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Low GPA, any advice on next move?

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Hello there,

I just graduated last week with a BS in biology. Through the last couple years, I had no idea what I really wanted to do, and all though now that I've come to realize being a PA is my calling, my gpa is no where where it needs to be. My cumulative gpa is a 2.58. I have a majority of C's and B's on my transcript with a handful of D's.

 

My initial plan was to retake courses at a community college to boost my GPA but then I saw through this forum that maybe a post-bac is a better option? I really have no idea on what my next move should be. Any advice?

 

I know it will take a few years to get where I need to be, and in the mean time, what kind of work experience would be beneficial? Working as a scribe maybe? 

 

Ive been so upset about figuring out what to do, that I've even considered starting over as an undergrad if trying to bring up my gpa will take just as long.

 

Any and all advice and suggestions would be appreciated. Thank you so much

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What kind of healthcare experience do you have so far? If nothing yet, shadow some PAs and go the medic route. I just applied to 9 PA schools with 2 bachelor degrees @ 3.65 gpa and 800 hours mixed shadowing and volunteering hours... and have only had one interview which didn't yield an acceptance. With that said, get a ton of "hands on" experience, schools apparently don't give two shits about academics without experience even when they list hour requirements of 200. Besides experience.. look into a short masters degree; my school offers a 1 year masters in biomedical sciences (for example) that you would use to boost your GPA.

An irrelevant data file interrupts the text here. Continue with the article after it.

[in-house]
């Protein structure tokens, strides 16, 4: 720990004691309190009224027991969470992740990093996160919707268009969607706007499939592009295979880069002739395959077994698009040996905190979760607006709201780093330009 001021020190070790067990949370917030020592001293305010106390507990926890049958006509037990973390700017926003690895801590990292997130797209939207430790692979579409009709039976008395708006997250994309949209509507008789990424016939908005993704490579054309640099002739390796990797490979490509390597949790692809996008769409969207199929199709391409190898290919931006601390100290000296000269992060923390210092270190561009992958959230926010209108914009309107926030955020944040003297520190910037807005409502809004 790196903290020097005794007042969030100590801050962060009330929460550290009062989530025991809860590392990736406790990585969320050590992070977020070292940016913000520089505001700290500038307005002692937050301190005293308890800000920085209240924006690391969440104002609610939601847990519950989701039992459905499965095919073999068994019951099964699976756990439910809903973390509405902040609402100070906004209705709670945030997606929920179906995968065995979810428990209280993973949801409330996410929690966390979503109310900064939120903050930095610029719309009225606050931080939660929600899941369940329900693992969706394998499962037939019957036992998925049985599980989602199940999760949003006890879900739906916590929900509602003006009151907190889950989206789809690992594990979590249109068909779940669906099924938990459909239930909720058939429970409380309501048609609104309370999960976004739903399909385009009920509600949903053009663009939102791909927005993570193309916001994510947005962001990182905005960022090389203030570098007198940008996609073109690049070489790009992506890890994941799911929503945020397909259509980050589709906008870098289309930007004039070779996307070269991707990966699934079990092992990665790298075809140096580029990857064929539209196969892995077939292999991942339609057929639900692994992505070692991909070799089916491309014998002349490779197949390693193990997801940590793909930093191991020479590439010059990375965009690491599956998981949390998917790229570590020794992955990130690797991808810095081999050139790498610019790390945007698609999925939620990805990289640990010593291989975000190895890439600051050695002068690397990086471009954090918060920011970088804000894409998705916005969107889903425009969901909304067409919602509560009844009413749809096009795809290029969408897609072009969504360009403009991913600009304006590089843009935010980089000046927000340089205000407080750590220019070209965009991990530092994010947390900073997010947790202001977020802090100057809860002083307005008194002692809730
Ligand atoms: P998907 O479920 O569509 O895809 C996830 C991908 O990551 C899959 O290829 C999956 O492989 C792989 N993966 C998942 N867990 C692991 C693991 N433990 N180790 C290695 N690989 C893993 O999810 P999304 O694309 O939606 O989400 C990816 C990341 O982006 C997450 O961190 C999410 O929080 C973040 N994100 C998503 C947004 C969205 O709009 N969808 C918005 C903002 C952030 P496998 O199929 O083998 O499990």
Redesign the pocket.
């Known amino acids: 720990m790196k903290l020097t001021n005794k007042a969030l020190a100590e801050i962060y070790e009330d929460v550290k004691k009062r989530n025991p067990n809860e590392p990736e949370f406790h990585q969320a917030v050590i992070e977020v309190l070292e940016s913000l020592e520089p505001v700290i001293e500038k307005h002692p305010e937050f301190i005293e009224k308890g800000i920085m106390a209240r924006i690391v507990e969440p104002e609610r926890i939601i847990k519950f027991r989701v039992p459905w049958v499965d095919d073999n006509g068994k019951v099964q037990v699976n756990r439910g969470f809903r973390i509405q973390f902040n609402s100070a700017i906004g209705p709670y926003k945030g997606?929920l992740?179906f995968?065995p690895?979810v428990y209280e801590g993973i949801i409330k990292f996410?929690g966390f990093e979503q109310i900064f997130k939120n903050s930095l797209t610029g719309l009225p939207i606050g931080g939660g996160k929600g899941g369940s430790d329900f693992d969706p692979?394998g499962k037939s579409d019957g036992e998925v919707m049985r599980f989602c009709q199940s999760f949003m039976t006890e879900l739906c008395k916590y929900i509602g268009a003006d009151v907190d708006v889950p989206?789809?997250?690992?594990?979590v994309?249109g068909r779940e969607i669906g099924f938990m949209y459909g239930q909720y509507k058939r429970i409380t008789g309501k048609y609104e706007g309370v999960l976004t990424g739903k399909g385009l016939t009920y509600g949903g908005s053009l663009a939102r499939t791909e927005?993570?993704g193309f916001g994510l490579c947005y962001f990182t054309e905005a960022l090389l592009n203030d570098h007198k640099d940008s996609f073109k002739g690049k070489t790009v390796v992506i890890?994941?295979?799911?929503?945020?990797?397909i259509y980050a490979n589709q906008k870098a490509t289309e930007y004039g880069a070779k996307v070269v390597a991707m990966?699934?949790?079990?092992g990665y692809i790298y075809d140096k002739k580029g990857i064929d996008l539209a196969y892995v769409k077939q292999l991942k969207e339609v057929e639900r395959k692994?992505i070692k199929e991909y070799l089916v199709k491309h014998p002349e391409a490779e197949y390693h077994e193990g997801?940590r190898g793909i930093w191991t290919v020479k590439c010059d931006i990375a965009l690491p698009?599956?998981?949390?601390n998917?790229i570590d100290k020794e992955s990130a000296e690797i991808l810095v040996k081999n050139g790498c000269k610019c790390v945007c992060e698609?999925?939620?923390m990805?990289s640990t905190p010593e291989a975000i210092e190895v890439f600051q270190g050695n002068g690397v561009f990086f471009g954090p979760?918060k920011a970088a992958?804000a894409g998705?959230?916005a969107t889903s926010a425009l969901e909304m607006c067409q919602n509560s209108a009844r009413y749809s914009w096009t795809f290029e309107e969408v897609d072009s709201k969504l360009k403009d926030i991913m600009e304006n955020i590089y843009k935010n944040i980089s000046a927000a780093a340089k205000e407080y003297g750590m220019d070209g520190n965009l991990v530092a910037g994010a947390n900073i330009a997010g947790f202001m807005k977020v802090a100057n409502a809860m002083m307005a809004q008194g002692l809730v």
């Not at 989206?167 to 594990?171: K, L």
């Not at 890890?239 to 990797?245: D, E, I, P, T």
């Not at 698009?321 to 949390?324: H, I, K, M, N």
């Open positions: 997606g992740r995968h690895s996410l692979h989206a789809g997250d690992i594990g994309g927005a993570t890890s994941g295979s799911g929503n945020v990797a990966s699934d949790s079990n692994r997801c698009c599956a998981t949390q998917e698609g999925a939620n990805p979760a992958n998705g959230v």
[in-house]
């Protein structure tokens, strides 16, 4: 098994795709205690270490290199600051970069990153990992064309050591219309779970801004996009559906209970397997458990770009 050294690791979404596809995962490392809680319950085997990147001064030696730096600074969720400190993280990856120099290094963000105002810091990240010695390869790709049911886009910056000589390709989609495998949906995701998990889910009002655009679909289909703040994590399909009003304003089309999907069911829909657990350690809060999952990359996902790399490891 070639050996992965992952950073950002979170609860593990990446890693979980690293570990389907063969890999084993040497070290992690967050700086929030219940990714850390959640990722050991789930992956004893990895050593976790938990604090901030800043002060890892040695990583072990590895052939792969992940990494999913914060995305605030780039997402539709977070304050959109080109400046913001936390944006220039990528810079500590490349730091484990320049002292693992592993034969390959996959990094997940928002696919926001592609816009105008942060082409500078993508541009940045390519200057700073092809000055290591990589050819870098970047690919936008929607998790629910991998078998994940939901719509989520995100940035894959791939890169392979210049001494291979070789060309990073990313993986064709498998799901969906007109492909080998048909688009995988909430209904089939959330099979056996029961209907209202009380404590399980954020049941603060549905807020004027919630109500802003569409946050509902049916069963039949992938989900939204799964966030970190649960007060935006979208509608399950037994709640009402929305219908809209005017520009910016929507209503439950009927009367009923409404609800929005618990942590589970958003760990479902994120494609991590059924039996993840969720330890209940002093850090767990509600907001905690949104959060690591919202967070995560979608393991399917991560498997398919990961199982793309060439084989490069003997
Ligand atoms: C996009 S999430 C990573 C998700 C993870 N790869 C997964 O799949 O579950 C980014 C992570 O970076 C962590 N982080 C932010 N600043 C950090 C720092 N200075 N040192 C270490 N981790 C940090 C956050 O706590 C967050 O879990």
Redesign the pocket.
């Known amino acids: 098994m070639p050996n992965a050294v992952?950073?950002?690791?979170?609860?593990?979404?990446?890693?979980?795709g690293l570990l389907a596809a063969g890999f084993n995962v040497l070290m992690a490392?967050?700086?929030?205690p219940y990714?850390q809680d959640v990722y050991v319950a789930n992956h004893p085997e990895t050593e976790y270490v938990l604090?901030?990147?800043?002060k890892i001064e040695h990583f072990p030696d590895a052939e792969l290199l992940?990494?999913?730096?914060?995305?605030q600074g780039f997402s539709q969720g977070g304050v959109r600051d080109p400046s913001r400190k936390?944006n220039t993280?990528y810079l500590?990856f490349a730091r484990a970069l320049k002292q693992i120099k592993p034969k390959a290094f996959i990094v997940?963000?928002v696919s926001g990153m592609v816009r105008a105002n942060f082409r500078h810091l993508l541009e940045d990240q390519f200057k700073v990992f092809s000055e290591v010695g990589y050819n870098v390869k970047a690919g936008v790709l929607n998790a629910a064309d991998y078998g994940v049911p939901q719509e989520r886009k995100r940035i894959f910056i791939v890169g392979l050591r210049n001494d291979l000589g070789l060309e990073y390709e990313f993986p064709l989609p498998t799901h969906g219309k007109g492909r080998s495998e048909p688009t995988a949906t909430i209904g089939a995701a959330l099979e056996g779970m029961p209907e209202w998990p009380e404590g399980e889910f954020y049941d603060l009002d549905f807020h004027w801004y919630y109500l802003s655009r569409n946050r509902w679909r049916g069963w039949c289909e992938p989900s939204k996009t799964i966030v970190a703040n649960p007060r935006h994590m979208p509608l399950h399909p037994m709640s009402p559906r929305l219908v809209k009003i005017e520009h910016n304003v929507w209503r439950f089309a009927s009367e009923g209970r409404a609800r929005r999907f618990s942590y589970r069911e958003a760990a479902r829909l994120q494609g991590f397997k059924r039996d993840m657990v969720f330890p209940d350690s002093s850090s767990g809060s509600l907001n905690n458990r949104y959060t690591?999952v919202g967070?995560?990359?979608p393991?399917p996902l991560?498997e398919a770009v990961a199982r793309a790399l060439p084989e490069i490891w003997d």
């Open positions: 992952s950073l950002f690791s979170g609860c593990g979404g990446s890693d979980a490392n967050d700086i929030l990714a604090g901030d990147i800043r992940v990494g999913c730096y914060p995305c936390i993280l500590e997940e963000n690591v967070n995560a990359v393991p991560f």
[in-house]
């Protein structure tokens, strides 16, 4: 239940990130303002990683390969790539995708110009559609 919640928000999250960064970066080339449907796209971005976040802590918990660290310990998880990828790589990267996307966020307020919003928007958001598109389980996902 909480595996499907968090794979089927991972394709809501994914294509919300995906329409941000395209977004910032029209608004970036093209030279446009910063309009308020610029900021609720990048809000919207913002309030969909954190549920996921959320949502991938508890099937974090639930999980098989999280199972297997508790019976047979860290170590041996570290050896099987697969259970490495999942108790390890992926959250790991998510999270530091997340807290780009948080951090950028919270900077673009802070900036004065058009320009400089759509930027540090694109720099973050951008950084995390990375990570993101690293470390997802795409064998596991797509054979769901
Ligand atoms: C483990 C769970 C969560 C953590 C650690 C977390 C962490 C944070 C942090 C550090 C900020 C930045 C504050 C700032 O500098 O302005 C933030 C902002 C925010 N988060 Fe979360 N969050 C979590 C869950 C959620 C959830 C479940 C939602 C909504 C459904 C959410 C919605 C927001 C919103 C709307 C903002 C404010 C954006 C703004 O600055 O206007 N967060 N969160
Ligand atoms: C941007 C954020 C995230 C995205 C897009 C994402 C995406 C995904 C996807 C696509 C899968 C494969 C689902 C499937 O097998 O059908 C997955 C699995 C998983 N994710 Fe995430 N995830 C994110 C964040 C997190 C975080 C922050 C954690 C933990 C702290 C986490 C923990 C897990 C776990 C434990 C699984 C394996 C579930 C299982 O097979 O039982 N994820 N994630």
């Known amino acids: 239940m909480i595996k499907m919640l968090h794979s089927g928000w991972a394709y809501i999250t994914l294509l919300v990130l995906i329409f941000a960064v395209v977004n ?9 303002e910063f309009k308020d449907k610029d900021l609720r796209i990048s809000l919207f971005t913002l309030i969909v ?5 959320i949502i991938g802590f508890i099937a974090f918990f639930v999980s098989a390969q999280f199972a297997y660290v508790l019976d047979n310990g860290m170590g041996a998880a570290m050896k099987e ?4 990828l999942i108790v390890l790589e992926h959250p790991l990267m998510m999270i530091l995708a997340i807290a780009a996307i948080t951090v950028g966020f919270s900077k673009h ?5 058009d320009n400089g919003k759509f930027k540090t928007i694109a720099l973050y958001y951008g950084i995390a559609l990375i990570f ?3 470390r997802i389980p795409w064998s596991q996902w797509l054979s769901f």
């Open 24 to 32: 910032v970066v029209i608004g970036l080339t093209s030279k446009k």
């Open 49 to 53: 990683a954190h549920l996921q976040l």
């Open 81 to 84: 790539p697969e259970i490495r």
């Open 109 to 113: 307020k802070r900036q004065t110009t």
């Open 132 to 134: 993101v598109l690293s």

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First thing you need to do is make an excel spreadsheet and put every class you ever took in college regardless if you've replaced or retook the class and calculate your CASPA GPA. You can do this by multiplying your awarded grade points by the number of units and then divide it by the maximum number possible.

 

After that, calculate how many units at a 4.0 you need to raise your cumulative GPA and your science GPA to a 3.0.

 

I would venture to guess that you'll need roughly 60 units at a 4.0 to reach a 3.0 cGPA. Most 2 year masters degrees are roughly 45 units.

 

That being said, my advice is to get your RN or RT or attend a 2 year paramedic program at a WASC accreditated program to boost your GPA, give you a solid career landing you solid healthcare experience, and provides a backup option in case it takes you a few tries to get in.

 

Best of luck.

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Thank you both for the advice!
 

Would either of you recommend getting a masters degree over a 2nd bachelors degree? Putting all factors into play such as money and the likelihood of getting 60 units of a 4.0 in grad school, would getting a 2nd bachelors degree with a higher gpa be a less risky option, even though it took longer?

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I would go the masters route, the one year bio-medical sciences degree actually sounds decent.  The point is to take as many high level sciences as you can and get A's. Must. Get. A's.

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Thank you both for the advice!

 

Would either of you recommend getting a masters degree over a 2nd bachelors degree? Putting all factors into play such as money and the likelihood of getting 60 units of a 4.0 in grad school, would getting a 2nd bachelors degree with a higher gpa be a less risky option, even though it took longer?